Aug 13, 2021 08:02 PM

Obesity-Linked Gene Boosts Rice Crop Yields by 50%, Joint U.S.-China Study Finds

About 690 million people went hungry in 2019, accounting for 9% of the world population. Photo: VCG
About 690 million people went hungry in 2019, accounting for 9% of the world population. Photo: VCG

A gene linked to obesity in humans has been found to boost rice and potato crop yields by up to 50%, while making them more drought resistant, a new study shows, a breakthrough that could possibly help alleviate food insecurity for hundreds of millions around the world.

By inserting the FTO gene, which can only be found in humans and other mammals, the plants grew to a significantly larger size and developed longer root systems during field tests in China, according to the study published in the British journal Nature Biotechnology on July 22.

“The change really is dramatic,” He Chuan, a professor at the University of Chicago (UC) and co-leader of the study, was cited by the university as saying. “What’s more, it worked with almost every type of plant we tried it with so far, and it’s a very simple modification to make.”

Fat mass and obesity-associated genes — commonly known as FTOs — are enzymes that erase certain chemical markers that regulate the production of proteins linked to cellular growth.

A team of researchers from Chinese and American universities — including Peking University, Guizhou University and UC — conducted the peer-reviewed study that aims to boost crop production to meet the world’s increasing food demand driven by population growth and drought-reduced crop yields.

About 690 million people went hungry in 2019, accounting for 9% of the world population, according to the annual State of Food Security and Nutrition in the World report. Of them, the majority of the world’s undernourished — 381 million — were found in Asia.

Exacerbating the problem is global warming, which has caused worsening droughts in some parts of the world, reducing crop yields. In 2019, severe drought hit Southwest China’s Yunnan province, damaging more than 1 million hectares (2.47 million acres) of crops, with 16,667 hectares wiped out, state-run Xinhua News Agency reported.

The study showed the FTO-transgenic rice plants that grew for 3 weeks and 6 weeks both showed significantly higher survival rates under two different categories of drought conditions compared to those without the gene. Thus, the gene can help enhance plants’ photosynthetic efficiency and drought tolerance, while not impacting their nutritional elements, researchers said.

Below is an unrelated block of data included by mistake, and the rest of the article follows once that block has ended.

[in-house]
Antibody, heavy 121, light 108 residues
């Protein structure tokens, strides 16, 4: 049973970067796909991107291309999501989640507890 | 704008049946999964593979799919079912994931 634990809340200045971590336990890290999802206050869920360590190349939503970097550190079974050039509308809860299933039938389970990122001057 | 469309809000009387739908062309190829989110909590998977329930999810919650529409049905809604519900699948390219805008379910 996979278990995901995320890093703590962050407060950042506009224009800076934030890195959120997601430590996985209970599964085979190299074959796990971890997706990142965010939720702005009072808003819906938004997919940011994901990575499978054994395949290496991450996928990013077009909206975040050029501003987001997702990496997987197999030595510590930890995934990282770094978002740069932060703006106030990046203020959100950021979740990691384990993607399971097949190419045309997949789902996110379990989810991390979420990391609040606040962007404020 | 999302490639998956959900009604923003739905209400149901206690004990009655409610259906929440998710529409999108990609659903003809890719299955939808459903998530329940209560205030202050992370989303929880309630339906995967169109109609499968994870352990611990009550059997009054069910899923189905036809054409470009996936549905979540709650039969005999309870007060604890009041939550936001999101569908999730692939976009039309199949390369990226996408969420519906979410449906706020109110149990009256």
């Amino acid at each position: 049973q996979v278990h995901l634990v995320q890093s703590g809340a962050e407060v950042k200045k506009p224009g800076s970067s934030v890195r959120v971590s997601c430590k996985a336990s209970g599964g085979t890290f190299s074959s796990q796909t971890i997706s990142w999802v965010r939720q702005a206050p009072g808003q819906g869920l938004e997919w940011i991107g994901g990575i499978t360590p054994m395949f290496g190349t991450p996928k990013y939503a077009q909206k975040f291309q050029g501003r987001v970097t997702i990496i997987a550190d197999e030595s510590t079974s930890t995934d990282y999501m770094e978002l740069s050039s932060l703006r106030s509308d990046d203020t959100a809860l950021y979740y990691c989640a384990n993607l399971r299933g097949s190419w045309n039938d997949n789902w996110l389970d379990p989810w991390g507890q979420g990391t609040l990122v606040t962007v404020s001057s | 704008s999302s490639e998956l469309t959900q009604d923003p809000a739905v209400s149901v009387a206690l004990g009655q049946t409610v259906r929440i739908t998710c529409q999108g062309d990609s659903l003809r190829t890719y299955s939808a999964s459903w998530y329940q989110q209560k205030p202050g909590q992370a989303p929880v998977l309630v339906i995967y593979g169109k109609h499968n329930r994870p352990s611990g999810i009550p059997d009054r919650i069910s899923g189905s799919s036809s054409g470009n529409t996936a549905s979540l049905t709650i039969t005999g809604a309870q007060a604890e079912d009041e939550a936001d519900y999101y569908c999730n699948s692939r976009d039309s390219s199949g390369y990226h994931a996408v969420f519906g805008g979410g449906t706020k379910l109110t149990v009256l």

“This is a very exciting technology and could potentially help address problems of poverty and food insecurity at a global scale — and could also potentially be useful in responding to climate change,” Michael Kremer, an economist who was awarded a Nobel Prize for his work on alleviating global poverty, was quoted by UC as saying.

Jia Guifang, another of the study’s co-leaders at Peking University, was the person who first discovered that the FTO gene could work on certain RNA to affect the obesity and bone mineral density of humans and other mammals, He Chuan told Caixin. RNA is a nucleic acid that carries genetic instructions from DNA to cells’ protein-making machinery.

As part of the study, researchers carried out experiments in both laboratories and in fields in Beijing and Jiangxi province. They found the production of rice plants which had FTO added more than tripled under laboratory conditions compared to those without the gene, with the so-called transgenic plants having a 47% higher grain yield and over 40% higher biomass in fields.

Similar experiments with potato plants also resulted in a 50% increase in yield.

Contact reporter Wang Xintong ( and editor Lu Zhenhua (

Download our app to receive breaking news alerts and read the news on the go.

Get our weekly free Must-Read newsletter.

You've accessed an article available only to subscribers
Share this article
Open WeChat and scan the QR code
Get our CX Daily, weekly Must-Read and China Green Bulletin newsletters delivered free to your inbox, bringing you China's top headlines.

We ‘ve added you to our subscriber list.

Manage subscription